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Current Affairs

H5N1 avian influenza

Date: 23 July 2021 Tags: Miscellaneous

Issue

The first death due to bird flu was recorded in Delhi after an 11 year old boy died due to H5N1 avian influenza.

 

Background

Bird flu has been observed in many states after large number of migratory birds were reported to have found dead.

 

Details

  • Avian influenza Type A viruses are the reason behind bird flu. These viruses are found worldwide in wild bird species.

  • Turkeys, ducks, chickens can all be infected due to the avian influenza virus. Animals such as pigs, camels and tigers have also been infected with H5N1 virus.

  • There are two types of proteins that are used to classify influenza type A virus. They are Hemagglutinin (HA) and Neuraminidase (NA).

  • Based on their numbers and arrangements they are classified into H17N10, H7N2, H9N6, H5N1 etc. There are 18 HA subtypes and 11 NA subtypes.

 

Human infections

  • Human infections have previously occurred with H5N1, H5N9, and H1N1 etc. Cases of H7N9 and also highly contagious H5N1 have previously taken place.

  • The disease has a high mortality rate of about 60 percent.  The most common way of getting infected is due to direct contact between human and infected bird.

  • Humans can also be affected if they are exposed to surfaces and air near the infected bird. Enough evidence of spread through cooked meat is not observed.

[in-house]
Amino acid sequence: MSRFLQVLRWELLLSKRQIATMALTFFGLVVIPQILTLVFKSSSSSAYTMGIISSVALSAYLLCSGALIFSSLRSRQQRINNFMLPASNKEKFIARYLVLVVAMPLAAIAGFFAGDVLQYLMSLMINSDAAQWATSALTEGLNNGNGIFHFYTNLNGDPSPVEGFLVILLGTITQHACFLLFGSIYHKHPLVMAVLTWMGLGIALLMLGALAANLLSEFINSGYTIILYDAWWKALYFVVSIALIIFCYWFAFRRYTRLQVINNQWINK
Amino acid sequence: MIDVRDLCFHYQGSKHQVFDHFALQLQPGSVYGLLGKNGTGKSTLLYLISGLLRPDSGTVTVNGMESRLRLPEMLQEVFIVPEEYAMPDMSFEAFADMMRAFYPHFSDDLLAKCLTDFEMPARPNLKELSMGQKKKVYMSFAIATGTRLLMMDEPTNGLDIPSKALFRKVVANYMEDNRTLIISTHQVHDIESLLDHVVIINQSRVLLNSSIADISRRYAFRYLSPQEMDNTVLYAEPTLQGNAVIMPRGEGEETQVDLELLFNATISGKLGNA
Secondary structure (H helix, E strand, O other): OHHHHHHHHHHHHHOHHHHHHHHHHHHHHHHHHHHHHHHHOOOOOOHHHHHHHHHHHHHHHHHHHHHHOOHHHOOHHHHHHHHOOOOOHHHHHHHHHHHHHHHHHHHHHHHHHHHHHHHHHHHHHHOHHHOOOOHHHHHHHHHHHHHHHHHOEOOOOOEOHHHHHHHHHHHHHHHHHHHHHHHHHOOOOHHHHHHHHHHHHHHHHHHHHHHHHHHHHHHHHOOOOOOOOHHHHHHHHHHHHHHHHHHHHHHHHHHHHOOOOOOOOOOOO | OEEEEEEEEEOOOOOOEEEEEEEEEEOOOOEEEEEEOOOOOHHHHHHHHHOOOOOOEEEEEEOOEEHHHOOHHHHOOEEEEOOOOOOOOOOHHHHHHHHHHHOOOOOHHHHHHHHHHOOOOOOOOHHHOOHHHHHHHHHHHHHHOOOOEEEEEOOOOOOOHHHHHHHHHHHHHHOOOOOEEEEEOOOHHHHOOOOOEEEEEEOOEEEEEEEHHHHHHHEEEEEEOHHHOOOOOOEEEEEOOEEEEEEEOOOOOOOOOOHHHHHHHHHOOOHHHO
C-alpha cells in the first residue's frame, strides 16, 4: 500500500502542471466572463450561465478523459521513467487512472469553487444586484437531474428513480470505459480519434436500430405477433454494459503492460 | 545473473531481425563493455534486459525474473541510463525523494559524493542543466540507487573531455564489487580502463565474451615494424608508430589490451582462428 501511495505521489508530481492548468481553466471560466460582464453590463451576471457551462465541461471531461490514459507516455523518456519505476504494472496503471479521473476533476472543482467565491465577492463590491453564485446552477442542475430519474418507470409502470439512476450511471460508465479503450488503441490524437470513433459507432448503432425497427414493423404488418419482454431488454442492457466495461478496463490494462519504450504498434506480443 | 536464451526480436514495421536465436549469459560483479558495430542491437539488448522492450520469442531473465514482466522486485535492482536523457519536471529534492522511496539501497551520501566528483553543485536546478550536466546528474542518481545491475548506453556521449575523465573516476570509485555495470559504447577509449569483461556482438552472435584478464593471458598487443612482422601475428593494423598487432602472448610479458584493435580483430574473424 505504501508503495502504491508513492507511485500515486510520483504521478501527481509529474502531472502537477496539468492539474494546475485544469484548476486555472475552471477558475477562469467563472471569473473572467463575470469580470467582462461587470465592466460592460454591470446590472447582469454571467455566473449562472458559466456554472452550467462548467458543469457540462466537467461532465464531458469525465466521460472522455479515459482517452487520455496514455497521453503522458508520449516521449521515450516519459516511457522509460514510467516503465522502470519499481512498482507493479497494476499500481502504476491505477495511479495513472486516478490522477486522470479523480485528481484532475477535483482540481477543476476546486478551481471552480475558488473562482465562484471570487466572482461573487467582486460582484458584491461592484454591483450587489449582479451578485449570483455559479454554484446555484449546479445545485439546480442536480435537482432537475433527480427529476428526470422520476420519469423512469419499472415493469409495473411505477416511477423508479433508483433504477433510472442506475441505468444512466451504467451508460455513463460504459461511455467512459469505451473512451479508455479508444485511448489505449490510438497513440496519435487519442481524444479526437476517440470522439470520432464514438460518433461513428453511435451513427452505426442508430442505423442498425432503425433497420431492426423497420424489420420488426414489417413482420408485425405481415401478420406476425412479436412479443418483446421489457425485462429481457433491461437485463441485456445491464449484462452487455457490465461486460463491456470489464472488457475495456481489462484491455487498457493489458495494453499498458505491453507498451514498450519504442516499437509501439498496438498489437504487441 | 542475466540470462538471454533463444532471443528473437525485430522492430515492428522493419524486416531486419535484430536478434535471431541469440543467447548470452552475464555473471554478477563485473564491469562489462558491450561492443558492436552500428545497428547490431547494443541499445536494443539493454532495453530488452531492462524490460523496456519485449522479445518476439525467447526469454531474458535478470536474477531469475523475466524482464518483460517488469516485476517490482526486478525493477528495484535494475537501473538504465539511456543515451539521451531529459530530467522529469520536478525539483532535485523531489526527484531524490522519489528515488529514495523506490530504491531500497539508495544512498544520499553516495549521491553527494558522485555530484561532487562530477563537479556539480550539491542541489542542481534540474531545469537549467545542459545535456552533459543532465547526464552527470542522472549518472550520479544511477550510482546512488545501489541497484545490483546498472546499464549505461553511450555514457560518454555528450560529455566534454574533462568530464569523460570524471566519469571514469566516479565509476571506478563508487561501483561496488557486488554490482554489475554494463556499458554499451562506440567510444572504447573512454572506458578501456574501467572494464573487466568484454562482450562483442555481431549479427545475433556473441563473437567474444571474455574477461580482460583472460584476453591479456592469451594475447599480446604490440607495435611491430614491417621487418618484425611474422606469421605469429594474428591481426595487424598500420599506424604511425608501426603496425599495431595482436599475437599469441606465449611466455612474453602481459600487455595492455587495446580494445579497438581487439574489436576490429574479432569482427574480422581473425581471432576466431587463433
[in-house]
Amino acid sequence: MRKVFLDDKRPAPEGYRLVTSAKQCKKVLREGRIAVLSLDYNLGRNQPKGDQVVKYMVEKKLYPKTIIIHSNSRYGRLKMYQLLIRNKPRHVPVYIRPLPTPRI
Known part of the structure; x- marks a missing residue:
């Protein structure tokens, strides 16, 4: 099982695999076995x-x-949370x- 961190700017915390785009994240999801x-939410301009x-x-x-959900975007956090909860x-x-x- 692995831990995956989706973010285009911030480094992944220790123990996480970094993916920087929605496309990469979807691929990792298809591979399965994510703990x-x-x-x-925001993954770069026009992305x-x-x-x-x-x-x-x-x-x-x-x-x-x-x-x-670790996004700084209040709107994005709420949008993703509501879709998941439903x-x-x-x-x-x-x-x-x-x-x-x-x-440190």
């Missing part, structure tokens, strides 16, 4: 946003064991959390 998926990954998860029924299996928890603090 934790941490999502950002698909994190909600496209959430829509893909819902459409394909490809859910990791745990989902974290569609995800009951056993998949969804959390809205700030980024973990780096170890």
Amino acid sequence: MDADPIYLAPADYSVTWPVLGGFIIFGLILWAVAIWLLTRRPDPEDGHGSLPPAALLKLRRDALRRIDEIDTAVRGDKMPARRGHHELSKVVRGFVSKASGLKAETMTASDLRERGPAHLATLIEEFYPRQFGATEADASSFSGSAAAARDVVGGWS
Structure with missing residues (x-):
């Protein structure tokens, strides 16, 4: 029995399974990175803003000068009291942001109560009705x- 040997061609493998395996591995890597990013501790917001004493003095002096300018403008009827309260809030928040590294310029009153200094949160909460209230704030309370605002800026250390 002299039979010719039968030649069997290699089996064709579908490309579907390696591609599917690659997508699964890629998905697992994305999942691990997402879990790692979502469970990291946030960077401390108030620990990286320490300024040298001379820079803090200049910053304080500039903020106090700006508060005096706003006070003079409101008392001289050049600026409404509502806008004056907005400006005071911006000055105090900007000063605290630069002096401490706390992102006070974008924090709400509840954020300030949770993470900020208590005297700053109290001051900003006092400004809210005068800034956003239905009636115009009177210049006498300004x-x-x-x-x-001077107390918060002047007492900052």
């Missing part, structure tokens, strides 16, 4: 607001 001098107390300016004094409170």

Symptoms

  • Common symptoms are similar to common flu. They include Fever, sore throat, nausea, abdominal pain, cough, diarrhea, muscle aches, vomiting.

  • Respiratory problems like pneumonia, shortness of breath, acute respiratory distress and respiratory failure have also been seen. Seizures and altered mental status are common.

 

Risks

Risks are seen mostly in adults and children below the age of 40 years. Higher mortality was seen in individuals in the age group of 10-19 years.

 

Transmission

  • The transmission from one person to another has low chances. The transmission itself from birds to humans is rare.

  • People involved in poultry business or handling domestication of pigs and ducks must be careful to avoid going near them without proper precautions.